There are 39 million blind people in the world and 64% are women. Females account for nearly 75% of those suffering from cataract blindness and, a lot of the time, do not receive surgery at the same rate as men.
The Tej Kohli and Ruit Foundation has set up outreach camps across Nepal and has seen many women and girls suffer from needless blindness. Throughout developing countries, women are often expected to tend to the house and look after children whilst males seek employment to earn an income. When a woman becomes blind, other members of the family have to pick up the responsibilities that are left behind due to blindness preventing a woman from doing anything at all.
On top of this, women and young girls often face the burden of caring for other family members who may be blind. The care needed often disenfranchises them from employment or education leading to a life of poverty.
There are a number of reasons that cause women to be less likely to undergo cataract surgery. These include a number of cultural and socio-economic barriers which prevent women from accessing surgery such as restricted autonomy, high costs of travel to reach district hospitals and limited resources within households. Whilst there are thousands of men who are also in desperate need of surgery, the Tej Kohli and Ruit Foundation noticed that there were often more women suffering from cataract blindness.
For example, when the Tej Kohli and Ruit Foundation set up an outreach microsurgical eye camp (OMEC) in Haupur, Bardiya in Nepal it was noted that more women were living with needless blindness than men living in the same region. Overall, 76 surgeries were performed at the camp with 49 of the surgeries for women. This accounts for around two-thirds of the number of people needing to have their cataracts removed.
While public health issues generally do not discriminate, preventable blindness does, especially so in impoverished communities. Poverty and preventable blindness are directly interlinked - needless blindness is both a cause and consequence of extreme poverty. While barriers differ across communities, the main reasons behind inequitable access to eye health services between men and women are usually attributed to the family's socio-economic status:
Lack of education: Lack of education implies that women aren’t privy to the information that their blindness can be cured.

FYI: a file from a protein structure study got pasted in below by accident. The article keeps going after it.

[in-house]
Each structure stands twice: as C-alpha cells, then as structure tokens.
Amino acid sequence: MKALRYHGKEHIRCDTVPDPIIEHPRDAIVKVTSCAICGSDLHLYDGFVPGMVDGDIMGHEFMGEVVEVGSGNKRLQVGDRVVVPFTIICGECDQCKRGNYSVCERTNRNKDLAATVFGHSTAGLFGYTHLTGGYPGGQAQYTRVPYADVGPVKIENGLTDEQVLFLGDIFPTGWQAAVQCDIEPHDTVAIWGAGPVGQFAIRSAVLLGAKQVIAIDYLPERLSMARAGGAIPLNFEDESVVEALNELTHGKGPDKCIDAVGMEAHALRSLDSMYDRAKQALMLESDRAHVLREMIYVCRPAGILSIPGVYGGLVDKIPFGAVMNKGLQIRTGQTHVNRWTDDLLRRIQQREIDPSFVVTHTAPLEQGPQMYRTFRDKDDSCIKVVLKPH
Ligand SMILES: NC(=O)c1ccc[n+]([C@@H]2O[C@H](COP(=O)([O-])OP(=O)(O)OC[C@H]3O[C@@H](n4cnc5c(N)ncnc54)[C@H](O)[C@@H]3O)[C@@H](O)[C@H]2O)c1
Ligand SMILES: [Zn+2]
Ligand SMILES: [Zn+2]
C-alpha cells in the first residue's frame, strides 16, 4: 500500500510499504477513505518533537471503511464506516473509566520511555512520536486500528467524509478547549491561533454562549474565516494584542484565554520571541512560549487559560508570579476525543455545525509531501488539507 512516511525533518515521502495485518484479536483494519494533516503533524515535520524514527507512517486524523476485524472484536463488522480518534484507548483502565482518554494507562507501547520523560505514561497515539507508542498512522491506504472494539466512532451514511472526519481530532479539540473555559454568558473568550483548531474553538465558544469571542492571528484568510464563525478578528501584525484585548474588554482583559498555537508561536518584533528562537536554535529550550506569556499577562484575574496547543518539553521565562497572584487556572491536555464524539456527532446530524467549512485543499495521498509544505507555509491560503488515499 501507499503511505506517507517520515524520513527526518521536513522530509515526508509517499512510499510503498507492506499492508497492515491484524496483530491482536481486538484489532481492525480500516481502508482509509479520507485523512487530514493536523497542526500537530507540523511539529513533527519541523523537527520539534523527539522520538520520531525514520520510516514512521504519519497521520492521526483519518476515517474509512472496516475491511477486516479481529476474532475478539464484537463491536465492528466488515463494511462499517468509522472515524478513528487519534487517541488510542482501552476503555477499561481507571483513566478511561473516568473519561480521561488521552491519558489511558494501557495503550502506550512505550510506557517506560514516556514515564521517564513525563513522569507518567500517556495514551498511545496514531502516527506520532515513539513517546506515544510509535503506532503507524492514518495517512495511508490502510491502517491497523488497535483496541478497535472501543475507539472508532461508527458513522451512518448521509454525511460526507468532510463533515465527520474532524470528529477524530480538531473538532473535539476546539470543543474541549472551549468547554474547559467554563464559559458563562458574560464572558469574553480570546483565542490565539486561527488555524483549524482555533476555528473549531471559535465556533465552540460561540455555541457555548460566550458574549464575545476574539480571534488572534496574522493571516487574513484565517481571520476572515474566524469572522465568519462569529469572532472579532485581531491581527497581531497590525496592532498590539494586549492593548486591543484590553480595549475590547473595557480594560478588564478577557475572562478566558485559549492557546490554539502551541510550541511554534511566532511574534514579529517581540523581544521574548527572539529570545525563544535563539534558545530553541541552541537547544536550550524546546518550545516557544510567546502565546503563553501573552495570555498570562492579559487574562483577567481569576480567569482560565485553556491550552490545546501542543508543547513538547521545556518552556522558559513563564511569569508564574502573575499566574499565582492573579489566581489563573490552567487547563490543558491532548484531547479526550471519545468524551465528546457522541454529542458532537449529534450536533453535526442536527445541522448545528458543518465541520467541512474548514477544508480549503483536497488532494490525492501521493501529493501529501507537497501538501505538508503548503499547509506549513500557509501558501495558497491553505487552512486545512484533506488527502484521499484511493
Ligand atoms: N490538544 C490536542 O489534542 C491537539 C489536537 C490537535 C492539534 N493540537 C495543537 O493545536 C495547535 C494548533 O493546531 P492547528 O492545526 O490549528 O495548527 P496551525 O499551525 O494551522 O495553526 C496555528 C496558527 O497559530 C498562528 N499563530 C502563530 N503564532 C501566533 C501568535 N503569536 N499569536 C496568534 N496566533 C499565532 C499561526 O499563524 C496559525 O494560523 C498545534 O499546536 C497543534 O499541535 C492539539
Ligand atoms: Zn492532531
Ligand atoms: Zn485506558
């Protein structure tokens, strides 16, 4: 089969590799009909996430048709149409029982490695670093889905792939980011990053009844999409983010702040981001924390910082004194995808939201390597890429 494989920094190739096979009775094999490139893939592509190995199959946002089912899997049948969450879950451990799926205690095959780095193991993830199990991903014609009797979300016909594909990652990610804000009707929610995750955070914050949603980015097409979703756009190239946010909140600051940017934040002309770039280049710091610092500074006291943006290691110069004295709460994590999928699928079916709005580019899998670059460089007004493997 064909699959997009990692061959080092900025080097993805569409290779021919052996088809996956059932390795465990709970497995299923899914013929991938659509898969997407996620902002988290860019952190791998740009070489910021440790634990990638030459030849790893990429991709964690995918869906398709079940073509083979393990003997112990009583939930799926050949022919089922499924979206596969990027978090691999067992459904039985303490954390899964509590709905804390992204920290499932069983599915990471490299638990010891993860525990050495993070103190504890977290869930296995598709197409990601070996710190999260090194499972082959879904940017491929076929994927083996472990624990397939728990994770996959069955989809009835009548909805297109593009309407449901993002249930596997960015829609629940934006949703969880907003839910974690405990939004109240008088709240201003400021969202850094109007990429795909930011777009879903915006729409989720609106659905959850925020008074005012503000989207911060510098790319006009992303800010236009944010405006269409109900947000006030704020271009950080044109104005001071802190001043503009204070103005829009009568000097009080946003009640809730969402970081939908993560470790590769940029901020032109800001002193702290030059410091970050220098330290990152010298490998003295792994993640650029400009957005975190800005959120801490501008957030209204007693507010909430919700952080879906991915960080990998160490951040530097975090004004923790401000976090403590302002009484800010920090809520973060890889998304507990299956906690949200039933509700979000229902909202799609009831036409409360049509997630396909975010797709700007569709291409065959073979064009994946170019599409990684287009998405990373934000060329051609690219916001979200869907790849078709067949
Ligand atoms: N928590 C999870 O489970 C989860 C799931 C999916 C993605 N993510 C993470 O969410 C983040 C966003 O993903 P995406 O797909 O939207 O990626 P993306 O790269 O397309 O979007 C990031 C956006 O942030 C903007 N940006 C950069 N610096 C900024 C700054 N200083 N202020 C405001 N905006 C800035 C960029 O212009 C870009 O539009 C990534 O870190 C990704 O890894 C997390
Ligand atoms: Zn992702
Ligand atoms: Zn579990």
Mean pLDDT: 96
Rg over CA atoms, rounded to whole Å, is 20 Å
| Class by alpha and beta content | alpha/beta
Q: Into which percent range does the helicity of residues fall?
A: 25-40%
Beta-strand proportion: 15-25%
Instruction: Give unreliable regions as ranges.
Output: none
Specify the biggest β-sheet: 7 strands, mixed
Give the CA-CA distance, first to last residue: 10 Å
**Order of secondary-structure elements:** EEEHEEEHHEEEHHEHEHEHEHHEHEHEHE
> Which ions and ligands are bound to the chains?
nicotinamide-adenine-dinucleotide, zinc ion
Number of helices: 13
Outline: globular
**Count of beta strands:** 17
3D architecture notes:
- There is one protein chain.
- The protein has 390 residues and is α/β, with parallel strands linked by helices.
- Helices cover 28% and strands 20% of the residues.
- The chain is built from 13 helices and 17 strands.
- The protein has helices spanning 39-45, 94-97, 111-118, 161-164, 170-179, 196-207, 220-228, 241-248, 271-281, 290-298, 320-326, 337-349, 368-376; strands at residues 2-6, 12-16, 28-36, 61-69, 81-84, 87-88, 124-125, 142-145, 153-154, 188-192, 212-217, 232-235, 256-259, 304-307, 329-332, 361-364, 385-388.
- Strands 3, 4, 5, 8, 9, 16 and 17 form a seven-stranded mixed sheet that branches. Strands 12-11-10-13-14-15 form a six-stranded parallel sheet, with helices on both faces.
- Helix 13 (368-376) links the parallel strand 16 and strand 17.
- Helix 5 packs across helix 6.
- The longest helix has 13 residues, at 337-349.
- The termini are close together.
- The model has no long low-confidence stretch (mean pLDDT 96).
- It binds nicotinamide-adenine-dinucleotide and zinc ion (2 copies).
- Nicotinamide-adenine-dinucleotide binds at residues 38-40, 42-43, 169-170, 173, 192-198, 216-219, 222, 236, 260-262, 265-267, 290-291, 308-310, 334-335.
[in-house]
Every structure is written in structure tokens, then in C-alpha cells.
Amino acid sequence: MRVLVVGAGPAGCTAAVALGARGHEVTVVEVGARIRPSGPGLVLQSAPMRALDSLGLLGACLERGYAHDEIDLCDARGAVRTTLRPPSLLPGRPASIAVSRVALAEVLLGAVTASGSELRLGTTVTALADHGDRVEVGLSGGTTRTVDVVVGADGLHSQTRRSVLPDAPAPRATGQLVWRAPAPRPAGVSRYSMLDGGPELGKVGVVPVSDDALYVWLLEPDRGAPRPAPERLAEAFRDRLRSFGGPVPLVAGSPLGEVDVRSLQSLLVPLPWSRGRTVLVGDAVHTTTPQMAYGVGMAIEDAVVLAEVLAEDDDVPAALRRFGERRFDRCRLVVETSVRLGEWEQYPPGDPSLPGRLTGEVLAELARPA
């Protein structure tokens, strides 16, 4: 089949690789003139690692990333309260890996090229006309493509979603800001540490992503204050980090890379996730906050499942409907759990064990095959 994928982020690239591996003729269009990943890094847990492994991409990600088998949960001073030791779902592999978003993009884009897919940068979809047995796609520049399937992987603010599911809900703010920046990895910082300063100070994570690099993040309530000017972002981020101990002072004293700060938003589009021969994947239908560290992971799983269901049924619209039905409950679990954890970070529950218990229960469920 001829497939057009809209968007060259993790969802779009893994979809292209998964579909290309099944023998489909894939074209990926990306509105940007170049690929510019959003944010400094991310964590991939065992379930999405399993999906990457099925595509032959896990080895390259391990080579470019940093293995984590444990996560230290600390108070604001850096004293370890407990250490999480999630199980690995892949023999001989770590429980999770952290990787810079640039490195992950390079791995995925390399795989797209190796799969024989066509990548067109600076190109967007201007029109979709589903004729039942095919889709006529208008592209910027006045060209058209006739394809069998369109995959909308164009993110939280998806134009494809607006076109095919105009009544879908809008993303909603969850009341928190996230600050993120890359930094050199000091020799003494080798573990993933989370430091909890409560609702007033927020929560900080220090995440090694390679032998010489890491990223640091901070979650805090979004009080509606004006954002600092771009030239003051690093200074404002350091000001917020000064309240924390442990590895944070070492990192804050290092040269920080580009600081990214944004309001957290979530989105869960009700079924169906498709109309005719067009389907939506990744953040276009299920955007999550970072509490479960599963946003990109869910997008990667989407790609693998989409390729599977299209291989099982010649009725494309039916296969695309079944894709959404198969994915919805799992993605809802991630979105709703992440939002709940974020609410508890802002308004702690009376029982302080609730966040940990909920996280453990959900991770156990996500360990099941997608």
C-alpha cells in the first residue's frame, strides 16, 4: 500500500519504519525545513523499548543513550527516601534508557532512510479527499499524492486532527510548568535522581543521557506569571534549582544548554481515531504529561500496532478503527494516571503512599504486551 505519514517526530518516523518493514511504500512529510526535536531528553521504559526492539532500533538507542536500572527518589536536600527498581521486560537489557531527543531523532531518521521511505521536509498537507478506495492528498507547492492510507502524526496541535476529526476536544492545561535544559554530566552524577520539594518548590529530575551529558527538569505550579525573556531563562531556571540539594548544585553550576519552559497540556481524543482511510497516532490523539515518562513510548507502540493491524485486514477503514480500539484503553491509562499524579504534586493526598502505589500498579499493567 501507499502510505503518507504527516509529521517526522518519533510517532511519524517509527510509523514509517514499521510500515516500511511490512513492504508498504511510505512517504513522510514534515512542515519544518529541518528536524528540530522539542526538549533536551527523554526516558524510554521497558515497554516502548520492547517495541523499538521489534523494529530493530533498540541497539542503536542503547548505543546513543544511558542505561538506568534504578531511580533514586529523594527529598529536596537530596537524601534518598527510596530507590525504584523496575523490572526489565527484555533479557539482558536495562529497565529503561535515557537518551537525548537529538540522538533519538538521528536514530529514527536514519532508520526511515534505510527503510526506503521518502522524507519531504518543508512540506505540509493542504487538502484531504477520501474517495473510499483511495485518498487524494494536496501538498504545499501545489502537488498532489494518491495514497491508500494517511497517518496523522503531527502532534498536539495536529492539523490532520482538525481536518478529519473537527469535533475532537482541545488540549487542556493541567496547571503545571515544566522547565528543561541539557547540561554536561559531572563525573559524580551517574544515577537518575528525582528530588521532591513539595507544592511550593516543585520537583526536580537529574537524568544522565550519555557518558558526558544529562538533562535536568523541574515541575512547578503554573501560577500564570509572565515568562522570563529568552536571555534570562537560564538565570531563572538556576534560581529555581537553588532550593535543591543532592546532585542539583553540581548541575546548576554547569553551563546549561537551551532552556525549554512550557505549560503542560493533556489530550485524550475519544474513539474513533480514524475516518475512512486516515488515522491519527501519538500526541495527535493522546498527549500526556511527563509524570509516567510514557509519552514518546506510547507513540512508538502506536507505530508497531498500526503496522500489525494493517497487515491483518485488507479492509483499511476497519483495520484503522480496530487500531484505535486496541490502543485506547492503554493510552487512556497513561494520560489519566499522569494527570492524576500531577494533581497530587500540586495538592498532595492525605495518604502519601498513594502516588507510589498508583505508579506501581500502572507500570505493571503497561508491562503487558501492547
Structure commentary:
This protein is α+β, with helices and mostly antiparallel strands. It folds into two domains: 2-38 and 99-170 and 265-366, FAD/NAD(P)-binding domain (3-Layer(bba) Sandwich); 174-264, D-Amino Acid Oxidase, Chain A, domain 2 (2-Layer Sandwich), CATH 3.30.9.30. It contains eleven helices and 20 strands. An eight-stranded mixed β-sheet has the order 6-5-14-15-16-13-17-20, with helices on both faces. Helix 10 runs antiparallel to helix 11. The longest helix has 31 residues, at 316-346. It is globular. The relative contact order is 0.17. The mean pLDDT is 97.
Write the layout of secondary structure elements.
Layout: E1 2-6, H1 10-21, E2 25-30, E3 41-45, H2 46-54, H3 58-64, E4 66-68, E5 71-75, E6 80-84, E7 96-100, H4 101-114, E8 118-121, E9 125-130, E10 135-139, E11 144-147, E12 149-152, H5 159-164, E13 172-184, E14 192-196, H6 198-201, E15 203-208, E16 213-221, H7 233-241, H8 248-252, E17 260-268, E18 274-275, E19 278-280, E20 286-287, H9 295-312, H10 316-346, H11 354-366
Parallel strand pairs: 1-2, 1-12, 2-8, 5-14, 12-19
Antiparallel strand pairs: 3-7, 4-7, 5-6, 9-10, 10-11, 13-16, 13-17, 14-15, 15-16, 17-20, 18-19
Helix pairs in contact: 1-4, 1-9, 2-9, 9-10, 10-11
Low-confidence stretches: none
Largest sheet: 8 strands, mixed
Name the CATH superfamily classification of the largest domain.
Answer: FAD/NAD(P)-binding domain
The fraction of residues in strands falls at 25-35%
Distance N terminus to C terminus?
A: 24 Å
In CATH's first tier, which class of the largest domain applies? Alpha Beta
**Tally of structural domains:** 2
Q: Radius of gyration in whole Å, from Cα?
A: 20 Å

Difficulty in accessing household finance: Women and their sight are treated as secondary across several communities. In many instances, one will find households are willing to invest in the cure of the surgery of men owing to the fact that they are breadwinners, but not women. According to a report by the International Agency for the Prevention of Blindness (IAPB), a study found that cataract surgical coverage (CSC) could be 1.2 to 1.7 times higher for men than women.
Inability to travel: Across many communities, women are discouraged from travelling alone; therefore they are unable to reach out to hospitals, which are usually a long distance from their villages.
The above reasons suggest that to cure the developing world's needlessly blind women, eye care must be taken to their communities. The Tej Kohli and Ruit Foundation is insistent on this, and during its screening efforts emphasizes the increased uptake of women towards such services.
In June 2022, of the 1,607 people screened in Bardiya District, a majority of them were women, all arriving at the screening camp with one form of visual impairment or the other. Of the 1,607 people screened, the Tej Kohli and Ruit Foundation identified 76 people living with cataract blindness, of which 49, i.e. 65% were women.
Of the many women screened and cured, they echoed the same reasons for their reasons for continuing to live a life of needless blindness. For example, 68-year-old Ramjaniya Tharu of Haupur in Bardiya District knew she was visually impaired. She meant to get her eyes checked at the local community eye centre, however, never had the opportunity owing to her household responsibilities.
On 8th June 2022, a Tej Kohli and Ruit Foundation screening team set camp in their village and determined Ramjaniya Tharu was living with needless blindness. She was subsequently invited for surgery and is currently living a life free from visual impairment.
Similarly, on 9th June 2022, as the Tej Kohli and Ruit Foundation team began setting up a screening camp in Motipur Village, Bardiya District, of the people who had started appearing at the camp for their free eye checkups, a majority of them were women who were earlier unable to have their eyes assessed. Here too, of the 13 identified as living with cataracts, eight were women.
Gender inequality is a fundamental human right, and a major United Nations Sustainable Development Goal (SDG5). Achieving gender equality can make a direct contribution to other Sustainable Development Goals - for example, the number one United Nations Sustainable Development Goal to reduce extreme poverty.
Within the first year of intervention, it was also seen that the number of women, who needed surgery, compared to men was significantly higher overall. 64% of women from low-income countries suffered from visual impairments.
With the initiative to cure more and more people worldwide, the Tej Kohli and Ruit Foundation are confident that inequality in blindness and healthcare will be significantly reduced.
To read about Tej Kohli as an investor visit Kohli Ventures.
Find out more about Tej Kohli: Tej Kohli the technologist investing in human triumph, Tej Kohli the philanthropist trying to cure the developing world of cataracts and Tej Kohli the London tycoon with a generous streak.